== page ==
Roy Morejon:

Absolutely. Jake, you’ve been awesome. Please give our audience your pitch, tell them what you’re all about, where people should go and why they should go check out Crowdfund Research.

Jake Fisher:

Crowdfund Research is due diligence for equity crowdfunding campaigns. We’re the guys out there looking out for investors and trying to help you learn how to evaluate startups. When you’re looking at investing with crowdfunding campaigns, we’re always open for questions if you need to talk to somebody, or your excited about the space, you want to get involved, we’d love to talk to you. Check out kind of the range of our contributors. We’re up to eight different contributors right now, so you get to see different opinions. Some of our contributors give opinions differently than others, so it’s exciting to see how others are looking at startups. You can check us out at cfresearch.co.

Roy Morejon:

Jake, awesome. Thank you so much. I know this is a new topic for a lot of our crowdfunders here on Art of the Kickstart, but obviously thank you everyone for tuning in. Make sure to visit artkick.wpengine.com for all the show notes, the full transcript, links to everything we talked about today. Again, thank you to our sponsors Gadget Flow and BackerKit. Jake, thank you so much for being on the show.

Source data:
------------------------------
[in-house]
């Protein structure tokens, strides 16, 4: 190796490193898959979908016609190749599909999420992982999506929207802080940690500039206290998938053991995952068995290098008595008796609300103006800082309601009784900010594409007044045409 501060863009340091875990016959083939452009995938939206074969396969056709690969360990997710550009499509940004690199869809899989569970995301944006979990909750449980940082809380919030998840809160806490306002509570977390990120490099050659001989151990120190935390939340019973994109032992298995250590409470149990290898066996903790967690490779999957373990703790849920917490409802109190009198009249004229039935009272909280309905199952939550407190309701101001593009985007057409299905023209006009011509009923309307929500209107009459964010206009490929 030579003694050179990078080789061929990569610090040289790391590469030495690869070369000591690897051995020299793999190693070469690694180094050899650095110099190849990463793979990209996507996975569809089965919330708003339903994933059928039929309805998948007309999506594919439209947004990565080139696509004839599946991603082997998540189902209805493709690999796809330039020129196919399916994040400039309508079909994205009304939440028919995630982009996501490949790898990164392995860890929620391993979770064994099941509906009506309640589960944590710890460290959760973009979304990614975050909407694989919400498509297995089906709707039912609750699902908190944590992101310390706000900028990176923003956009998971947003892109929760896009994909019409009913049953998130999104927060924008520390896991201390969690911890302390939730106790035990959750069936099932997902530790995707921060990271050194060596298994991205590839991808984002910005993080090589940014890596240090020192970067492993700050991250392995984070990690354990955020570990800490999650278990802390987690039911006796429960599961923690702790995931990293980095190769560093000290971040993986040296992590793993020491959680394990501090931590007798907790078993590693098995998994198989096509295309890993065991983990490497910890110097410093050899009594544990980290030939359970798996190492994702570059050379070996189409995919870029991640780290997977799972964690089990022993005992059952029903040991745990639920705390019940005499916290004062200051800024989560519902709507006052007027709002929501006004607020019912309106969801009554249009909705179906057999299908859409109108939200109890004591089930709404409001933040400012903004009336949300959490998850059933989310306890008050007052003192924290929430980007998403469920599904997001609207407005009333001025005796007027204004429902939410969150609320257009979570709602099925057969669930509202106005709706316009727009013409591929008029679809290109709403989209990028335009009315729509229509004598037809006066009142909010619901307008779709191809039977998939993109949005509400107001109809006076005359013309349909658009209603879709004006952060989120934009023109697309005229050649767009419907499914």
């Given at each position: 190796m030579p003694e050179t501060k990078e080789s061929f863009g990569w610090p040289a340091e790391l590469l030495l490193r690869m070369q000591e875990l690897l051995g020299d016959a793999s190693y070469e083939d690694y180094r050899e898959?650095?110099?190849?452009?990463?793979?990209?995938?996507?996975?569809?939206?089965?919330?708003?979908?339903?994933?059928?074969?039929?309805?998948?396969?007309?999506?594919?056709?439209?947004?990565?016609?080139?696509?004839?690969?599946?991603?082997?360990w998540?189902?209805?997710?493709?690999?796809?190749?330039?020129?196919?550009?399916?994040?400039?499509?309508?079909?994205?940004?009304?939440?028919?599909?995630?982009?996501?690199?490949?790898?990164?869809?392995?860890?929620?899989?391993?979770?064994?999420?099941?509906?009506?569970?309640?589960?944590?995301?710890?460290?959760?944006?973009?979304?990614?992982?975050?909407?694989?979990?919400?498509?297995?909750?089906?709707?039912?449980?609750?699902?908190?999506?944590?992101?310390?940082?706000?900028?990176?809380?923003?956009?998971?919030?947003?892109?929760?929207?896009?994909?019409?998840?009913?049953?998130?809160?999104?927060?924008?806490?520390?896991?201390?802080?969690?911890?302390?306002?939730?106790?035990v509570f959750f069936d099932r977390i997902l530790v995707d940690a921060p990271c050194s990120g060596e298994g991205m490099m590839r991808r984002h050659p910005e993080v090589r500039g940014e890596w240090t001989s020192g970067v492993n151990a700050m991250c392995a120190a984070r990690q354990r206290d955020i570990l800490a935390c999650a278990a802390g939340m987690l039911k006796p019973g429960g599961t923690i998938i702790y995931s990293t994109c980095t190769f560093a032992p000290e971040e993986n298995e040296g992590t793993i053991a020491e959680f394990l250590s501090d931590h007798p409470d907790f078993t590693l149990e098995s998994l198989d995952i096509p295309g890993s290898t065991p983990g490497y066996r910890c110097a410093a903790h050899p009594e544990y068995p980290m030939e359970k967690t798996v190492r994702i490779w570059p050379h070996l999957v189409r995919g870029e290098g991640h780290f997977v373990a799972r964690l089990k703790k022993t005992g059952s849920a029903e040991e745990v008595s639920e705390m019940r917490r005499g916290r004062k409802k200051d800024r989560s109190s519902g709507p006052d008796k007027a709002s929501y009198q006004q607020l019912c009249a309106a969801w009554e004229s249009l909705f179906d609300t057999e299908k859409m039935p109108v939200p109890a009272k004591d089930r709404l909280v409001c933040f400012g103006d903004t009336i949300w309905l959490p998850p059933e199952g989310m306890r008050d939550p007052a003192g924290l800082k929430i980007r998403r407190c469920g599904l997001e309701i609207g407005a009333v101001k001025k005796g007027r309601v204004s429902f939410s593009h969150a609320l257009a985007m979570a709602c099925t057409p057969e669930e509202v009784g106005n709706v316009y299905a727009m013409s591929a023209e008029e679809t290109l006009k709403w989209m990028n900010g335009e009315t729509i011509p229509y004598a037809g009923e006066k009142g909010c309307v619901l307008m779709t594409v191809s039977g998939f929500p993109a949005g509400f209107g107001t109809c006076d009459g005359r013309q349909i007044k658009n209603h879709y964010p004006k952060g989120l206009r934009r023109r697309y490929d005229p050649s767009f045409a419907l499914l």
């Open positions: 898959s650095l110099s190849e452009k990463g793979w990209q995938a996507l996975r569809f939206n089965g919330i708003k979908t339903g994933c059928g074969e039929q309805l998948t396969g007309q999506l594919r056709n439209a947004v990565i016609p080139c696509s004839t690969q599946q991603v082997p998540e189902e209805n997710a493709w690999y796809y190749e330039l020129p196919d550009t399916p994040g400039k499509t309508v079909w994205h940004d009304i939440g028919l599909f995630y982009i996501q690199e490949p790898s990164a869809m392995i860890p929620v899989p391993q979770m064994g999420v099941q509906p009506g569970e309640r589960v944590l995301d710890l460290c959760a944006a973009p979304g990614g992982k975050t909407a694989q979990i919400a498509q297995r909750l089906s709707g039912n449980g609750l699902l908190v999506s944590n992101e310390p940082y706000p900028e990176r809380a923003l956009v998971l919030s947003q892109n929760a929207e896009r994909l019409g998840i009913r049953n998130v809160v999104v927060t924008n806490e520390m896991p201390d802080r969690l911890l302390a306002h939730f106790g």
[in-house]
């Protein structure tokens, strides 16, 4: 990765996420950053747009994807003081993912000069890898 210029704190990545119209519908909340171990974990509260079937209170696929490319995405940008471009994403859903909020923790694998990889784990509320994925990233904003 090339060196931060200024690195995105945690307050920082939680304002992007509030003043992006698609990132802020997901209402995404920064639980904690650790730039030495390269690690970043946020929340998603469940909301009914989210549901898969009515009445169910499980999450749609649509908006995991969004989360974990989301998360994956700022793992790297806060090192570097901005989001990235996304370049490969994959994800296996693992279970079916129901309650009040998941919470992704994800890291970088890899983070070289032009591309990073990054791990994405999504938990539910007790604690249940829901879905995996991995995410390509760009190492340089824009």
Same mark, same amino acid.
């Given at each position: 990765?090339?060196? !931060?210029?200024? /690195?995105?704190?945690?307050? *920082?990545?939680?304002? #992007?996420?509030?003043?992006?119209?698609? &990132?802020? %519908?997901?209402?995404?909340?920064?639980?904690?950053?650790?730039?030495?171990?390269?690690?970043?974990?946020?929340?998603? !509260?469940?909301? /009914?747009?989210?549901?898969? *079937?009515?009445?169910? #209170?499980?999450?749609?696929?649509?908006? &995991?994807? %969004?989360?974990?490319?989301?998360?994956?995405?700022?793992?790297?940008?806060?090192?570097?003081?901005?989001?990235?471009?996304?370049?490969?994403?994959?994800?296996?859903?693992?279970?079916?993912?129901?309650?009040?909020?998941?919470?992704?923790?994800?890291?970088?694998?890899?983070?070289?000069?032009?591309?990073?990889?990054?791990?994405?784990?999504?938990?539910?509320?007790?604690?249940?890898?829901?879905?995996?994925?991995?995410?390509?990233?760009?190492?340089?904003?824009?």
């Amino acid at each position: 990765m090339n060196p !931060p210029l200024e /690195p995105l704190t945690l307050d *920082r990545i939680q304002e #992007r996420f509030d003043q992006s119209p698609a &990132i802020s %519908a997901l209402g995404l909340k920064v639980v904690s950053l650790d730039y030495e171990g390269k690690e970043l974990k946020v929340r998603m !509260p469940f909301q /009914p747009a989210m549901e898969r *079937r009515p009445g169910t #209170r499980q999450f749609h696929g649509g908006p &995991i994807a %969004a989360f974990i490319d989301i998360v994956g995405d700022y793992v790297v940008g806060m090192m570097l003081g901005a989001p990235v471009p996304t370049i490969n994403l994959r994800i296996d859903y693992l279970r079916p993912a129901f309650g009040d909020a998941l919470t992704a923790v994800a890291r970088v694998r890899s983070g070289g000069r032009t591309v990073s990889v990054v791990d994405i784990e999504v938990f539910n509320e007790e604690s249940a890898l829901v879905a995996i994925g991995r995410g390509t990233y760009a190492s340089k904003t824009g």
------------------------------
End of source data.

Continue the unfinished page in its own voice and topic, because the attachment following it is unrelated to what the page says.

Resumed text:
Jake Fisher:

Thank you, Roy.

Roy Morejon:

Thanks for tuning into another episode of Art of the Kickstart, the show about building a better business, world and life with crowdfunding. If you’ve enjoyed today’s episode be sure to visit artkick.wpengine.com and tell us about it. There you’ll find additional information about past episodes and our Kickstart Guide to Crushing It. If you loved this episode, leave us a review at artkick.wpengine.com/iTunes. It helps more inventors and entrepreneurs find the show and helps us get better guests on here to help build your business. If you need a more hands on crowdfunding strategy, please feel free to request a quote on commandpartners.com. Thanks again for tuning in, we’ll see you soon.